Lakshadweep is facing significant challenges, indicating potential trouble ahead for the island. Let’s explore why

Lakshadweep, renowned for its unspoiled atolls, stunning reefs, and serene inhabited islands, is currently facing an unprecedented crisis as extensive coral bleaching is occurring due to marine heatwaves.

The ICAR-Central Marine Fisheries Research Institute reported on Monday that a widespread bleaching event is underway in the Lakshadweep Sea. Marine heatwaves are extreme weather phenomena characterized by prolonged periods of abnormally high ocean temperatures, often exceeding the 90th percentile of typical regional ocean temperatures based on historical data.

In Lakshadweep, the Degree Heating Week (DHW) indicator, which measures accumulated heat stress, has risen above 4 degrees Celsius-weeks, posing a significant risk of coral bleaching. Coral bleaching happens when water temperatures become excessively warm, causing corals to expel the microscopic algae residing within their tissues. This results in the corals’ transparent tissues revealing their white skeleton, a phenomenon known as coral bleaching. While bleached corals are not dead, they are at risk of starvation and disease.

Since October 27, 2023, the Lakshadweep Sea has experienced temperatures 1 degree Celsius above the norm, with changes in ocean currents contributing to unusually high water temperatures. This current event surpasses previous occurrences in 1998, 2010, and 2015, indicating the severity of the crisis.

The repercussions of marine heatwaves and coral bleaching extend beyond Lakshadweep, threatening the livelihoods of coastal communities, tourism, and fisheries sectors, as well as critical marine habitats such as seagrass meadows. Similar to corals, seagrass meadows and kelp forests are suffering detrimental effects such as impaired photosynthesis, reduced growth, and hindered reproductive functions due to the heatwaves.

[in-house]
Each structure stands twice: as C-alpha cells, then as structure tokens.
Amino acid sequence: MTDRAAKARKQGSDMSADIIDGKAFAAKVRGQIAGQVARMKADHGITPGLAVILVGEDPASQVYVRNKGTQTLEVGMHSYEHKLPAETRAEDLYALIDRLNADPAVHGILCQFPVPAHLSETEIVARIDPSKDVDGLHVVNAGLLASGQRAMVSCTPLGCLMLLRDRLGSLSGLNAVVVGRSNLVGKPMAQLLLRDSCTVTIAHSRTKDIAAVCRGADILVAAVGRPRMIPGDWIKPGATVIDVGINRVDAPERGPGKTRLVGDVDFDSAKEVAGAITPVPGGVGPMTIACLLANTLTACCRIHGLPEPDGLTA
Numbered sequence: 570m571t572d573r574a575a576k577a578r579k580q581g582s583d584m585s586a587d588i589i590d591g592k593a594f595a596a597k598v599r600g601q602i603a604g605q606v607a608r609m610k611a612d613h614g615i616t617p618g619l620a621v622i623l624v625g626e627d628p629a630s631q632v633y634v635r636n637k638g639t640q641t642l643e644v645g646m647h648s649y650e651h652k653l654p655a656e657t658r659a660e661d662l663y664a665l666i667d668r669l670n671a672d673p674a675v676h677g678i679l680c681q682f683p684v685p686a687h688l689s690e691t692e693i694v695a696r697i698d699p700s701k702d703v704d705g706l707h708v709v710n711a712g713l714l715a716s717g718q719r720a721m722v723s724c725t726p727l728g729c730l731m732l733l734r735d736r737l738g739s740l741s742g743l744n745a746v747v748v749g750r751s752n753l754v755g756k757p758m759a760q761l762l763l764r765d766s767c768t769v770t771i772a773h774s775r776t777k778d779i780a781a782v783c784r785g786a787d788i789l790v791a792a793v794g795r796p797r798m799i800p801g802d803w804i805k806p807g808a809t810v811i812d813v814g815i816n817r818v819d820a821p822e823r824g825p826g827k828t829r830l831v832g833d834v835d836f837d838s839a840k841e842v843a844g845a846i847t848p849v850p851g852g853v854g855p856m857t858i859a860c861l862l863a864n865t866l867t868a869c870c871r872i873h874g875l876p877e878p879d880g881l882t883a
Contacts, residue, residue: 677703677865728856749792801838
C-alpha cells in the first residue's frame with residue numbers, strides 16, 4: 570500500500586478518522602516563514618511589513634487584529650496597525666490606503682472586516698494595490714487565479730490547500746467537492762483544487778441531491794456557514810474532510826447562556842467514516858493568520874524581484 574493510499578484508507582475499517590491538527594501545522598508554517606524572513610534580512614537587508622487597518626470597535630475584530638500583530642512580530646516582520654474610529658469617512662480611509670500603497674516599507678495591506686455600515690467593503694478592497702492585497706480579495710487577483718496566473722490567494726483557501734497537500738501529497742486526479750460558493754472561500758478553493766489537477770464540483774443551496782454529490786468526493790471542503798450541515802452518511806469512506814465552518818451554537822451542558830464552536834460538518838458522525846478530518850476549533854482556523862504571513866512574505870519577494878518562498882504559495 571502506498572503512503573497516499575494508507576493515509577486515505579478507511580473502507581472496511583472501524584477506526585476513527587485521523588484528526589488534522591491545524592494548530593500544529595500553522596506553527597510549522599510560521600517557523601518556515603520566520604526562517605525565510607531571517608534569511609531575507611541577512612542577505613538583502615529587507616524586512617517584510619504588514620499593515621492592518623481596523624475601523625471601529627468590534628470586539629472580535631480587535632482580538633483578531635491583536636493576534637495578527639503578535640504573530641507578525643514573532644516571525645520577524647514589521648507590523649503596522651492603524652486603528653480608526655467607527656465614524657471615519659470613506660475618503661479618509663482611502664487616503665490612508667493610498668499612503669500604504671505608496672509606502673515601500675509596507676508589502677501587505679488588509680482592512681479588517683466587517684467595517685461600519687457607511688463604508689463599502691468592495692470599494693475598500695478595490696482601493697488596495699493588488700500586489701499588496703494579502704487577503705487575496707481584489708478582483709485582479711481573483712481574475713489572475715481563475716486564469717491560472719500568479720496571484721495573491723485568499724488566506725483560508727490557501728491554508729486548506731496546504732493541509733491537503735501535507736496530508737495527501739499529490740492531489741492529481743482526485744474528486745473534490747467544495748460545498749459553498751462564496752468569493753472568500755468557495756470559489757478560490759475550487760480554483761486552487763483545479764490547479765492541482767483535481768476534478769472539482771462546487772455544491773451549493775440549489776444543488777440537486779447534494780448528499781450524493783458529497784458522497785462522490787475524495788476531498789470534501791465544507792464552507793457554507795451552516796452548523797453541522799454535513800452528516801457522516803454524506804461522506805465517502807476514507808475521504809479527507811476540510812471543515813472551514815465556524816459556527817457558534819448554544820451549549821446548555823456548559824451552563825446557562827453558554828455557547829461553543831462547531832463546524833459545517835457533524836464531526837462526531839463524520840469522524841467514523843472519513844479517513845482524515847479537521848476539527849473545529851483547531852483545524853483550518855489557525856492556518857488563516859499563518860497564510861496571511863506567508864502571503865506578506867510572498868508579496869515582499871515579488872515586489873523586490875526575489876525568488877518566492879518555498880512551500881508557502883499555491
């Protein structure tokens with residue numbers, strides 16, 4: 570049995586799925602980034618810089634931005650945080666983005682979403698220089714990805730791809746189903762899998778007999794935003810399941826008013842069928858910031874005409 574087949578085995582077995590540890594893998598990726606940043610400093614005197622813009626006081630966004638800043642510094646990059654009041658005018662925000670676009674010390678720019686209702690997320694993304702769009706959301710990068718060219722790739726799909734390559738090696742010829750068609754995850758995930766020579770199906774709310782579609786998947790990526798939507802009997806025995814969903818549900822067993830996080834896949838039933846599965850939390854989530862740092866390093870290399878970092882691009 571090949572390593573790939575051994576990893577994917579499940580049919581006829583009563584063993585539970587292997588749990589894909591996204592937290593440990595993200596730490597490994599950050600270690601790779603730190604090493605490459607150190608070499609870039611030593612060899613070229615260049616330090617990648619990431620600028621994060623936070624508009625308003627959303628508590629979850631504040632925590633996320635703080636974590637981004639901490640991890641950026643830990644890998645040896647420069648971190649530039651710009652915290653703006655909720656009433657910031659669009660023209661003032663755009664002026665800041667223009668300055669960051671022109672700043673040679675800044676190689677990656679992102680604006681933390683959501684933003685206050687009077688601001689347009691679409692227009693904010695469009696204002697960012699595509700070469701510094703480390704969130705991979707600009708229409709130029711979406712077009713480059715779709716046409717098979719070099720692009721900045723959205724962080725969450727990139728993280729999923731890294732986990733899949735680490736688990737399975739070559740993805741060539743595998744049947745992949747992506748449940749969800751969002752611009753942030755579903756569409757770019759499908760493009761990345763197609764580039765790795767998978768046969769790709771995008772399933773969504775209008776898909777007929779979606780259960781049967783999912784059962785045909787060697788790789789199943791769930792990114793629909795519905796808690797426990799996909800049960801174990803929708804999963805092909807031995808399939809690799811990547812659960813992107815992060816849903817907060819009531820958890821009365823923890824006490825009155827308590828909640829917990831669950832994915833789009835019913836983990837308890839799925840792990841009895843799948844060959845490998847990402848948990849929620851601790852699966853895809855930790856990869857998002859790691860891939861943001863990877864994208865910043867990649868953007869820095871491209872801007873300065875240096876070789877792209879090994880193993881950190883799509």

The future of the Lakshadweep Islands is also concerning regarding rising sea levels. A study conducted by IIT Kharagpur and the Department of Science & Technology predicts a disturbing sea level rise of 0.4-0.9 mm/year for this archipelago. As ocean water encroaches on land, it causes coastal erosion and land loss, hindering the formation of new corals.

The Indian Ocean basin, known as the fastest warming basin globally, is projected to experience accelerated warming during 2020-2100, leading to an increase in severe weather events, prolonged marine heatwaves, and extreme Indian Ocean Dipole events that will affect the monsoon and cyclone development.

A dire prediction from the US National Oceanic and Atmospheric Administration (NOAA) has marine biologists on high alert following a series of record-breaking ocean temperatures driven by climate change and the El Niño climate pattern.

The crisis in Lakshadweep necessitates urgent action to mitigate the impacts of marine heatwaves and coral bleaching. Improved insights into marine heatwaves and species’ coping mechanisms will enhance the resilience of fisheries.

Best Time To Visit Lakshadweep

Time of Year Visit Status
Year-round Destination
OCT-FEB Peak Season
MAR-MAY Moderate Season
JUN-SEP Off-season

What to Expect: Comfortable weather with temperatures not exceeding 30°C.

Things You’ll Love: Enjoying pleasant sea breezes and the soothing sunny mornings on the beach.

If you want to visit Lakshadweep then you must know:

Foreign nationals, only with “tourist visa” will be permitted to Lakshadweep islands

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